By Amjad Malik
25th March 2020
A medical staffer of the Intensive Care Unit of the Casalpalocco COVID-19 Clinic in the outskirts of Rome checks a syringe, Wednesday, March 25, 2020. (AP/Domenico Stinellis)
If we had spent as much money on our health service as we did on advanced weaponry would we really be in such a horrible panic?
The coronavirus pandemic has laid bare how large weapons manufacturers and multi-national companies have shaped our world. The real threat was never terrorism or weapons of mass destruction, nor unfriendly dictators – it was an invisible enemy that has forced the world to its knees.
Has there ever been a point in history like this? Schools are closed, airports are shutting down, airlines are suspending flights and bars, restaurants and cafes have locked their doors. This week, that one brand that signifies who and what we are as a society – McDonald’s closed all its restaurants. And what did we do? We queued and rushed for one last burger and fillet.
No sport, no theatre, no cinema, no weddings, no parties and no festivals. We are living in a historic moment in time which will be studied by future generations.
There is no left or right politics nor is there leave or remain. In the past year we fought over the petty issues of our time calling out each other for minor infractions on social media so we could score points and add likes to our ever-pointless posts.
Empty shelves in a Tesco Extra in Worthing, West Sussex last week
We are being advised to stay home to protect not only our own families but the wellbeing of others. We are where we are because, let’s face it we allowed our governments to prioritise what was more important.
Alongside the multi-national companies, the media is equally guilty of helping to ramp up the threats from rogue forces and enemy states. It was not the Russians, it was not the Iranians, it was not the communists or the terrorists that did this – it was out of undeniable ignorance in thinking that we as a society could fight and win against anything.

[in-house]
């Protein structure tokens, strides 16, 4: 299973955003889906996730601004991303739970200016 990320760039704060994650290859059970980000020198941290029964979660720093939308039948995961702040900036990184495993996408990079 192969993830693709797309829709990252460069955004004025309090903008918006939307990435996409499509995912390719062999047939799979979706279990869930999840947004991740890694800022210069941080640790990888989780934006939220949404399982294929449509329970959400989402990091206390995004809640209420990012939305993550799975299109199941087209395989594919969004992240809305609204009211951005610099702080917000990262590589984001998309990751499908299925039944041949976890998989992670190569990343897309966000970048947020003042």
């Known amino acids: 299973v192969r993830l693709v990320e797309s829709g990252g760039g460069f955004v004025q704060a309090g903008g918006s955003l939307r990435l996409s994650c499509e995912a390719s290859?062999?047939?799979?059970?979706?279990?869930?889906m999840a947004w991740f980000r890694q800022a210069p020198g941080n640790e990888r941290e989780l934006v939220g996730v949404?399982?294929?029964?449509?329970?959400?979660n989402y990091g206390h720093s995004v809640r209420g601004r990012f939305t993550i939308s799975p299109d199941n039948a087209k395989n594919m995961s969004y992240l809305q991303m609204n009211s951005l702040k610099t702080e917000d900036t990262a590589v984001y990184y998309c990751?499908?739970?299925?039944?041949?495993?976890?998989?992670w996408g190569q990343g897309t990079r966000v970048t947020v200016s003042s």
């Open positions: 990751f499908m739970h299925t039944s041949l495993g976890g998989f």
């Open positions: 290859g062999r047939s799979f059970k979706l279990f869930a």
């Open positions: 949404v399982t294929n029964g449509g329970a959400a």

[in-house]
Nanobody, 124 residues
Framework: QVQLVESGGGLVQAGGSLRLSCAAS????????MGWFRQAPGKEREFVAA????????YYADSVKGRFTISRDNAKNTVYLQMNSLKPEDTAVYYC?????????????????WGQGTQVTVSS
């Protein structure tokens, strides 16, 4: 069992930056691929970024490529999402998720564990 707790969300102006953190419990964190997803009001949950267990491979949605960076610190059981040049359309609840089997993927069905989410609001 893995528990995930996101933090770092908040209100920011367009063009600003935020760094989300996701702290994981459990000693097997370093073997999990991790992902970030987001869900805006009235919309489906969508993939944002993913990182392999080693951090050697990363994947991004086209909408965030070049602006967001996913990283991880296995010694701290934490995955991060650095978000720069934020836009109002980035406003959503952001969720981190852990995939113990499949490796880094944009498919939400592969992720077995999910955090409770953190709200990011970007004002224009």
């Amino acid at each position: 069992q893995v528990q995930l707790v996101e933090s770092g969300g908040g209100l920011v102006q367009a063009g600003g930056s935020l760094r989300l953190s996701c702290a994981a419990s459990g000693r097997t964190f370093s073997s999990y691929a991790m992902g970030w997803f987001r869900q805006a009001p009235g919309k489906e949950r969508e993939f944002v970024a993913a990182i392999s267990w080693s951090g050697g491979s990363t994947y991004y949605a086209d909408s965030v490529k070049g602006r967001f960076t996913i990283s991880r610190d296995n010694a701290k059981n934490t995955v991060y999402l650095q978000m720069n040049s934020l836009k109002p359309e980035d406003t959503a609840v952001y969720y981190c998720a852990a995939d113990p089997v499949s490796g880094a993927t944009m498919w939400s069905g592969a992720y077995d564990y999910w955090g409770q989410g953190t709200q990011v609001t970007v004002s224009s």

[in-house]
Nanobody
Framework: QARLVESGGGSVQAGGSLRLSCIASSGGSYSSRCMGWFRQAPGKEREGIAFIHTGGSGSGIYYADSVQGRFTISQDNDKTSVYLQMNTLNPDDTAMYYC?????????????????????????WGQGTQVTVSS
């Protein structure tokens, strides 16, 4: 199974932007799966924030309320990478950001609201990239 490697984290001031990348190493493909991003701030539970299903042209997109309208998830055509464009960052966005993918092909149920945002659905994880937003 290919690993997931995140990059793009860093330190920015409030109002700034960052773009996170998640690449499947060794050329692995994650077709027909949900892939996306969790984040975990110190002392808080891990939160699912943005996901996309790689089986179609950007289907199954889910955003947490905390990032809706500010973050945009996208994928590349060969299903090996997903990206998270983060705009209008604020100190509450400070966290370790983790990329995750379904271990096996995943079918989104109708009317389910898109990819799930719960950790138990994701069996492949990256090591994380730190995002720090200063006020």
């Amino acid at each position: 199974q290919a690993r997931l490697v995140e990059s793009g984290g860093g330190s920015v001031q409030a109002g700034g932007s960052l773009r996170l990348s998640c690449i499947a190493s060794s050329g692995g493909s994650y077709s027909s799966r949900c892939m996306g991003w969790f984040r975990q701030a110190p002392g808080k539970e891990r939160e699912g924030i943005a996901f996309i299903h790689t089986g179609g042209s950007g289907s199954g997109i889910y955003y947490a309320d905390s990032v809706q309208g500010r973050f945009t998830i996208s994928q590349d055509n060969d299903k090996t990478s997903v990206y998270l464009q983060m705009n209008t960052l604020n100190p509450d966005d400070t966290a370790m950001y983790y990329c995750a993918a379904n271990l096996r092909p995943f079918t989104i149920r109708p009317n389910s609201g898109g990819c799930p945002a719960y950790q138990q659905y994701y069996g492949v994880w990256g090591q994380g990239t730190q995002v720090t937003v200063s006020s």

Of what value are the trillions of dollars and pounds worth of weapons, the drones, the war ships, the guns, the spy satellites, the computer firewalls? They are all worthless.
How we would happily sacrifice all of this for some hospital beds, some ventilators, some masks, some simple hand wash to fight the germs which have forced us back into our caves. Without these things we feel helpless.
The very same people who were calling for our immigration to be tackled are now finding that we are relying on their skills in the NHS to keep us alive. Without foreign doctors and nurses we are at the mercy of something sinister that takes life without mercy and discriminates between no-one.
We watched migrants dying as they made their way across seas and commented on the wars that were caused in some far-off land. How blessed we were that we lived in peace, and to keep that peace we were prepared to ignore our government’s foreign policies.
The superpowers bombed homes into submission and other smaller nations armed with this latest weaponry destroyed those villages others couldn’t reach.
Yet, within weeks we have seen people fight over toilet rolls, pasta, hand gels and other household goods which we took for granted. We talked ourselves up as people who could survive on the basic means but we are not the wartime generation and rationing is something we cannot handle.
An empty Old Broad Street with the Bank of England in the distance, in the City of London, the day after Prime Minister Boris Johnson put the UK in lockdown to help curb the spread of the coronavirus. Yui Mok/PA
And then began the shutdown and our freedom was curtailed by none of the things we had fought so valiantly against in the 21st century but something much more deadly that could strike at any time, any place, to anyone.
We must stand two meters apart and stop all forms of socialising. Locked in our homes we are experiencing the same as many other families have across the world.
For a moment we have realised it is the people – the health workers, the drivers, the porters and emergency services who deserve our biggest applauds, not the rich, the celebrities, the sports personalities or those who speak our politics.
We thought this crisis will bring us together and we will forget the past and come through this as better people. We will realise that the only way through this is as one community and peoples.
I say once this temporary period of 'unity' is over we will return to the very same ways that led us to this path which means we are not capable of tackling this invisible enemy. We will be led to the same lies and regress to the same places, tackling the same enemies that helped to make the rich more powerful and the brands more popular.
Original Headline: We spent billions on weapons, were made to hate Muslims and fear migrants – now look at us
Source: The Asian Image